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The Leaf Nodes — A doubly linked list

on Tue Dec 26, 2017 9:48 pm
The primary purpose of an index is to provide an ordered representation of the indexed data. It is, however, not possible to store the data sequentially because an insert statement would need to move the following entries to make room for the new one. Moving large amounts of data is very time-consuming so the insert statement would be very slow. The solution to the problem is to establish a logical order that is independent of physical order in memory.

The logical order is established via a doubly linked list. Every node has links to two neighboring entries, very much like a chain. New nodes are inserted between two existing nodes by updating their links to refer to the new node. The physical location of the new node doesn't matter because the doubly linked list maintains the logical order.

The data structure is called a doubly linked list because each node refers to the preceding and the following node. It enables the database to read the index forwards or backwards as needed. It is thus possible to insert new entries without moving large amounts of data—it just needs to change some pointers.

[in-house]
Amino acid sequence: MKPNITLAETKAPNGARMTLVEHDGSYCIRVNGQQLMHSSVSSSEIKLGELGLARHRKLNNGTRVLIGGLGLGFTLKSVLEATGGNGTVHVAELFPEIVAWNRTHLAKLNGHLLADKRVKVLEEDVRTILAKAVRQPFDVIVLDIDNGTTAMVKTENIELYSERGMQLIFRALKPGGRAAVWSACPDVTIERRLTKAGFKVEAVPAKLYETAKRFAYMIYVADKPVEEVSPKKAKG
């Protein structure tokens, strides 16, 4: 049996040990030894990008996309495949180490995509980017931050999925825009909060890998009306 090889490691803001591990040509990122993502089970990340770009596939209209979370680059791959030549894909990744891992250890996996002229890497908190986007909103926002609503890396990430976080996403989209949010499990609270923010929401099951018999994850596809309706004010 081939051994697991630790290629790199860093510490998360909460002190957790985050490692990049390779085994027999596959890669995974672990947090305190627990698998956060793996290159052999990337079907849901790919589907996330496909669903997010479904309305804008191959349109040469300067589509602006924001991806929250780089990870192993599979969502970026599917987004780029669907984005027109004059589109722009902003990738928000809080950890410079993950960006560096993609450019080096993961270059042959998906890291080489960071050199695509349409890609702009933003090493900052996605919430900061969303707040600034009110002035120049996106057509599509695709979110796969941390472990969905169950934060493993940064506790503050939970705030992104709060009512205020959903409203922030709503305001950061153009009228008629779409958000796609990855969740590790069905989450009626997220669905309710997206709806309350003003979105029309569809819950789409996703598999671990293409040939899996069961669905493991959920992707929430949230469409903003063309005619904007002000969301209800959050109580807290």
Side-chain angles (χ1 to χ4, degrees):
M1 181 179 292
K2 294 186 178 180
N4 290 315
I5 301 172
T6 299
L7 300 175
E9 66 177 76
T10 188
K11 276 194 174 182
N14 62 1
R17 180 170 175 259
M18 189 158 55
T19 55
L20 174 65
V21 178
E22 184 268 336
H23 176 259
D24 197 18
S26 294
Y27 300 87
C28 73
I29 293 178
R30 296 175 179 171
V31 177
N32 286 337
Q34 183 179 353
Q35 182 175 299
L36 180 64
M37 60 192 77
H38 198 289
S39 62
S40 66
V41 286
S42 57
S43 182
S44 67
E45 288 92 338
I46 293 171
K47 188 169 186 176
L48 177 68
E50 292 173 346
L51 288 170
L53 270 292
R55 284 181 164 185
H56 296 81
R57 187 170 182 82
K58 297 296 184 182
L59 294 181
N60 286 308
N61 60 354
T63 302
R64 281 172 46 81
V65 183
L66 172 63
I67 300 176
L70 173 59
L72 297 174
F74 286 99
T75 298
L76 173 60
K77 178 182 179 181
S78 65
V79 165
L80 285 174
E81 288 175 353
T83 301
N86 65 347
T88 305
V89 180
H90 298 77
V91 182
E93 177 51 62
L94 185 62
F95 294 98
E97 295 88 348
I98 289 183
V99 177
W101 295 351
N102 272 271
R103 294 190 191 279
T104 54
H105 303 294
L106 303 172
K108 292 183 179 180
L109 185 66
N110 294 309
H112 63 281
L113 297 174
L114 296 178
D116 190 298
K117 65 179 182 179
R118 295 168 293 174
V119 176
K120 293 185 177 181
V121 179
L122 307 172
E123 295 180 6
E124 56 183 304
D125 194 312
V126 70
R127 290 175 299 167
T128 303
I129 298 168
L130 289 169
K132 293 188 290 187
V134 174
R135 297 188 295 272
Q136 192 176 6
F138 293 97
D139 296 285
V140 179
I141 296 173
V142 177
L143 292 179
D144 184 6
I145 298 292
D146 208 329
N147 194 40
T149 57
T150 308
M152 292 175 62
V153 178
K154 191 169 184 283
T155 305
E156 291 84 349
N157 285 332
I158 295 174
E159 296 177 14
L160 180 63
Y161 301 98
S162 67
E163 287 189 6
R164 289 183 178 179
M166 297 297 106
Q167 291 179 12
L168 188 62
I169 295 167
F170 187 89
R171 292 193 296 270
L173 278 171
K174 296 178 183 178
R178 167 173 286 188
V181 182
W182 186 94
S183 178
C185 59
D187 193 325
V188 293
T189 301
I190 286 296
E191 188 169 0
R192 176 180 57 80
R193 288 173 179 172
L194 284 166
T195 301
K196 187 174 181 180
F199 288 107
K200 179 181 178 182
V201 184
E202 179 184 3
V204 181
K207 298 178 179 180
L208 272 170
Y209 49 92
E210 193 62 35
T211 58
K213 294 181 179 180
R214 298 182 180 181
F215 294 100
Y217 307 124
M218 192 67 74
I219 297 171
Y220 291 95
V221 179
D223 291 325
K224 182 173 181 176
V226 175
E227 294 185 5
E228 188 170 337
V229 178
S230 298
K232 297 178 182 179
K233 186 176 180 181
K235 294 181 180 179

Doubly linked lists are also used for collections (containers) in many programming languages.

Databases use doubly linked lists to connect the so-called index leaf nodes. Each leaf node is stored in a database block or page; that is, the database's smallest storage unit. All index blocks are of the same size—typically a few kilobytes. The database uses the space in each block to the extent possible and stores as many index entries as possible in each block. That means that the index order is maintained on two different levels: the index entries within each leaf node, and the leaf nodes among each other using a doubly linked list.
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